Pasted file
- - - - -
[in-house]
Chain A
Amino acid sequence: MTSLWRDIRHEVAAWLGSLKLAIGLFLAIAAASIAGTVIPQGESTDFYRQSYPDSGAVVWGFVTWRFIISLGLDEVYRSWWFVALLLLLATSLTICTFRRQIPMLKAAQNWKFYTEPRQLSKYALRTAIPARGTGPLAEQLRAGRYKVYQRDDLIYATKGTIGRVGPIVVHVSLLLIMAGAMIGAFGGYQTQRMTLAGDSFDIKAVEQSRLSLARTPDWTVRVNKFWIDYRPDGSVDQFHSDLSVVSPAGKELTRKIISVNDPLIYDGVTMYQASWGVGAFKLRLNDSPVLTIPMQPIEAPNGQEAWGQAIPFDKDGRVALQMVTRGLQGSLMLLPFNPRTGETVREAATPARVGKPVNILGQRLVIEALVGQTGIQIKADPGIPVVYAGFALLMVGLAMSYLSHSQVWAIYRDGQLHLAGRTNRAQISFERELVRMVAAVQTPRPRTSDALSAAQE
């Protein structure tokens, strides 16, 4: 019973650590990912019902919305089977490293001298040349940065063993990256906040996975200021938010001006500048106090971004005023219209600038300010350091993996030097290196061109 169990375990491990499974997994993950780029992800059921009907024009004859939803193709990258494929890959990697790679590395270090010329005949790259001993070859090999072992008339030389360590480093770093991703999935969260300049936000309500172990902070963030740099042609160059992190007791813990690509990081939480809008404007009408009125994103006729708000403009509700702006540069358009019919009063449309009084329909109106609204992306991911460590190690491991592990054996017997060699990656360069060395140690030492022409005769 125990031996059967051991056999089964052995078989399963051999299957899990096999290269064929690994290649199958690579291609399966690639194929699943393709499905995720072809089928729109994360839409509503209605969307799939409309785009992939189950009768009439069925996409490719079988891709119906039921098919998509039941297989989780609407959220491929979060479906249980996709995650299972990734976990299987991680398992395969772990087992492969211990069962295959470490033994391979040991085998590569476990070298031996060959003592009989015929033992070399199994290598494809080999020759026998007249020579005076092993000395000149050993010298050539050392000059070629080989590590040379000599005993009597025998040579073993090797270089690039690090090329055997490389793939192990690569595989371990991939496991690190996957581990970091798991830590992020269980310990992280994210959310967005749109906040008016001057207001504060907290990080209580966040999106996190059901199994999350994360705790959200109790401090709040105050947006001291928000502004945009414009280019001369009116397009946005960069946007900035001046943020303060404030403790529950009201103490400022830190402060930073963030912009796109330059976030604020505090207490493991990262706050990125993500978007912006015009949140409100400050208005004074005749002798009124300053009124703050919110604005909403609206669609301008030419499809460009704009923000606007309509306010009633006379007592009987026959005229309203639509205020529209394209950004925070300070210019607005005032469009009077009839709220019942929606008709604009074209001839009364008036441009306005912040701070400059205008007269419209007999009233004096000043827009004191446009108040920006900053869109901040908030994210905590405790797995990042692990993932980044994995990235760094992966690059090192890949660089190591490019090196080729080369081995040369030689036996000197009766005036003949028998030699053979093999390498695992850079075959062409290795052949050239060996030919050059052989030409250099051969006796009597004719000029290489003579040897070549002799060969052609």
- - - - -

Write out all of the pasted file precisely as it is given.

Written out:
[in-house]
Chain A
Amino acid sequence: MTSLWRDIRHEVAAWLGSLKLAIGLFLAIAAASIAGTVIPQGESTDFYRQSYPDSGAVVWGFVTWRFIISLGLDEVYRSWWFVALLLLLATSLTICTFRRQIPMLKAAQNWKFYTEPRQLSKYALRTAIPARGTGPLAEQLRAGRYKVYQRDDLIYATKGTIGRVGPIVVHVSLLLIMAGAMIGAFGGYQTQRMTLAGDSFDIKAVEQSRLSLARTPDWTVRVNKFWIDYRPDGSVDQFHSDLSVVSPAGKELTRKIISVNDPLIYDGVTMYQASWGVGAFKLRLNDSPVLTIPMQPIEAPNGQEAWGQAIPFDKDGRVALQMVTRGLQGSLMLLPFNPRTGETVREAATPARVGKPVNILGQRLVIEALVGQTGIQIKADPGIPVVYAGFALLMVGLAMSYLSHSQVWAIYRDGQLHLAGRTNRAQISFERELVRMVAAVQTPRPRTSDALSAAQE
């Protein structure tokens, strides 16, 4: 019973650590990912019902919305089977490293001298040349940065063993990256906040996975200021938010001006500048106090971004005023219209600038300010350091993996030097290196061109 169990375990491990499974997994993950780029992800059921009907024009004859939803193709990258494929890959990697790679590395270090010329005949790259001993070859090999072992008339030389360590480093770093991703999935969260300049936000309500172990902070963030740099042609160059992190007791813990690509990081939480809008404007009408009125994103006729708000403009509700702006540069358009019919009063449309009084329909109106609204992306991911460590190690491991592990054996017997060699990656360069060395140690030492022409005769 125990031996059967051991056999089964052995078989399963051999299957899990096999290269064929690994290649199958690579291609399966690639194929699943393709499905995720072809089928729109994360839409509503209605969307799939409309785009992939189950009768009439069925996409490719079988891709119906039921098919998509039941297989989780609407959220491929979060479906249980996709995650299972990734976990299987991680398992395969772990087992492969211990069962295959470490033994391979040991085998590569476990070298031996060959003592009989015929033992070399199994290598494809080999020759026998007249020579005076092993000395000149050993010298050539050392000059070629080989590590040379000599005993009597025998040579073993090797270089690039690090090329055997490389793939192990690569595989371990991939496991690190996957581990970091798991830590992020269980310990992280994210959310967005749109906040008016001057207001504060907290990080209580966040999106996190059901199994999350994360705790959200109790401090709040105050947006001291928000502004945009414009280019001369009116397009946005960069946007900035001046943020303060404030403790529950009201103490400022830190402060930073963030912009796109330059976030604020505090207490493991990262706050990125993500978007912006015009949140409100400050208005004074005749002798009124300053009124703050919110604005909403609206669609301008030419499809460009704009923000606007309509306010009633006379007592009987026959005229309203639509205020529209394209950004925070300070210019607005005032469009009077009839709220019942929606008709604009074209001839009364008036441009306005912040701070400059205008007269419209007999009233004096000043827009004191446009108040920006900053869109901040908030994210905590405790797995990042692990993932980044994995990235760094992966690059090192890949660089190591490019090196080729080369081995040369030689036996000197009766005036003949028998030699053979093999390498695992850079075959062409290795052949050239060996030919050059052989030409250099051969006796009597004719000029290489003579040897070549002799060969052609």